He’s hurting. It seems that he is severely injured. Such incidents are not exceptional, and recently, they have become more frequent. There come the sounds of passers’ shouts and horse neighing. The driver pulls the reins, forcibly interrupting his way. Gapers converge to the place. They are curious and even excited — they like observing as someone sheds blood if nothing threatens them personally. It seems that no one thinks to help the poor fellow — but everyone is watching carefully so that they will have something to chat about in the pubs later and subsequently forget about the next day.
But wait — two or three individuals have stepped forward from the crowd and moved closer; now, one of them is even trying to relieve the victim’s suffering.
The man in the cylinder is walking by. It’s none of his business. Theoretically, he feels sorry for the victim; he despises the indifferent mob and reflects on the quality of modern roads and stagecoaches with a certain degree of irony since they apparently leave a lot to be desired. However — he is busy and in a hurry. Right now, he has more important business and more exciting things to do. A serious meeting was scheduled after all, and he is already late and has to pick up his pace.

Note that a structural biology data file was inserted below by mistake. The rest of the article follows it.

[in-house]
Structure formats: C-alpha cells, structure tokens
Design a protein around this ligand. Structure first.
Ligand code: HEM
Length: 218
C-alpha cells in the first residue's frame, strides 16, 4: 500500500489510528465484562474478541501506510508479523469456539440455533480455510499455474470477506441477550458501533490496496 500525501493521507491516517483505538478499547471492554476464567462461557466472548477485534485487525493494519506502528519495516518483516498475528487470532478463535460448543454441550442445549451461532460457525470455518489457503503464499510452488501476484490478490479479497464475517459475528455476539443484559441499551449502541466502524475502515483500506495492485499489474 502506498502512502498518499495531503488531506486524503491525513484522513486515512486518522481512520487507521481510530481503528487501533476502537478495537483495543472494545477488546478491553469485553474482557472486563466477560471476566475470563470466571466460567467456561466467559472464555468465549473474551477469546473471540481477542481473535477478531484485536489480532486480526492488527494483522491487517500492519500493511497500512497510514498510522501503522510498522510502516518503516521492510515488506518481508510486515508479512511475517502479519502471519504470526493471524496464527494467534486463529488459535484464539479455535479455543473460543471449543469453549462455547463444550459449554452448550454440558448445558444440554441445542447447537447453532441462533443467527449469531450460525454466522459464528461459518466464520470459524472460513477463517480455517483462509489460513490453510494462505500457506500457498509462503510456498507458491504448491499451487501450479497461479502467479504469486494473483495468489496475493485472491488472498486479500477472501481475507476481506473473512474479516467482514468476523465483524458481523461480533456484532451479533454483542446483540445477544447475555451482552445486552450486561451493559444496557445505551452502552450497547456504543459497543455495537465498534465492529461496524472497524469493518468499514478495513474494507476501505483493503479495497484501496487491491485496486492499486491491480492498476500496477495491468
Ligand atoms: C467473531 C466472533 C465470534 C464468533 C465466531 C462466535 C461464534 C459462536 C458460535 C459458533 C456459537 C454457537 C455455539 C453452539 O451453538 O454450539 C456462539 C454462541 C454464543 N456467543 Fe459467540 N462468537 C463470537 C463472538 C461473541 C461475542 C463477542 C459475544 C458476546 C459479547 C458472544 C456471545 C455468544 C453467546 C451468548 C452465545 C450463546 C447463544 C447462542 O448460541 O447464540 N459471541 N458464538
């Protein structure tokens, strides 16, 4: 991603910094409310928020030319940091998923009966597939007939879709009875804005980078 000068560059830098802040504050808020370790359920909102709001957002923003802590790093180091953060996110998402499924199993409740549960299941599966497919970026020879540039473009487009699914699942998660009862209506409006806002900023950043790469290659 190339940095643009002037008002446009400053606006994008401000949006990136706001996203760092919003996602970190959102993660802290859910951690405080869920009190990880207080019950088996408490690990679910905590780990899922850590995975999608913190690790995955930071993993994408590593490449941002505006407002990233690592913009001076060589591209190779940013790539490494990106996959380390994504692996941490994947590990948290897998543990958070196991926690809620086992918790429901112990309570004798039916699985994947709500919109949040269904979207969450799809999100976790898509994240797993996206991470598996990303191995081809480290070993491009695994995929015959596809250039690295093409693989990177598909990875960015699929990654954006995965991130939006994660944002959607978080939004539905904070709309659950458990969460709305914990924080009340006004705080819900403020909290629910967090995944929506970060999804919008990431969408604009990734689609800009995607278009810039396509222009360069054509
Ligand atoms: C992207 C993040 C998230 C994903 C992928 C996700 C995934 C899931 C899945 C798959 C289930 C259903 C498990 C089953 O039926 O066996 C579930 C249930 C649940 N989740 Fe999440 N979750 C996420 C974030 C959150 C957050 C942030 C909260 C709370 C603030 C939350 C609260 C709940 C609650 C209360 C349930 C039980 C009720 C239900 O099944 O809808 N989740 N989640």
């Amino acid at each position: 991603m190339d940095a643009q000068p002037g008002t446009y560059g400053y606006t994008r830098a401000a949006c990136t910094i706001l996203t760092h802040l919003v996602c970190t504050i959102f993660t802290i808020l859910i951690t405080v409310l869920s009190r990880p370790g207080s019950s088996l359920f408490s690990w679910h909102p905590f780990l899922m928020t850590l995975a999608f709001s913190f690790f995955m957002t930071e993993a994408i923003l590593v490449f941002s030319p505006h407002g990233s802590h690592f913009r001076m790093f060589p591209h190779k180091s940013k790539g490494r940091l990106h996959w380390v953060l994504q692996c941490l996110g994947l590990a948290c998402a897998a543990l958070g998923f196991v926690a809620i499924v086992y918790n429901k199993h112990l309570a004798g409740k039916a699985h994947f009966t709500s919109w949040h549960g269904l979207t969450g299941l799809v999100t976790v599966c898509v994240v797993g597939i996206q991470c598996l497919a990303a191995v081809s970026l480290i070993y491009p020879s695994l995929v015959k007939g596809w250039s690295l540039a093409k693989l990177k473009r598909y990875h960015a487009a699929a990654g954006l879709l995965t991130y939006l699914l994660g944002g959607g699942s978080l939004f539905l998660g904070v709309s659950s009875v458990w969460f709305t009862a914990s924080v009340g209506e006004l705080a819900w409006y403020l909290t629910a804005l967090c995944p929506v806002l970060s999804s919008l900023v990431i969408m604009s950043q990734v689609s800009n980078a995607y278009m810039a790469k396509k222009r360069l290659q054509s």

Someone else is already helping, and he can’t do more, so — he will not interfere and waste his precious time.
That’s the way it is…
...The road. The street. The next turn. The dim lantern. Another street. Another turn. The coach. Horses. Give way. Continue the interrupted path. Low-key signboards. Red lights. Whores. Leave me alone. Some people look askance. They have such faces that you can call the constables right away, without waiting for any action on their part. Move. Quickly, without attracting too much attention. Go on the lighter side. Stay away from the shadows of narrow gateways. The main thing is not to go wandering in the dark. The grim streets are full of thieves and murderers.
A lonely grey-haired tramp sits with his legs outstretched. No doubt, he risks getting frostbite in all parts of his body. But nobody cares at all. He doesn’t care either.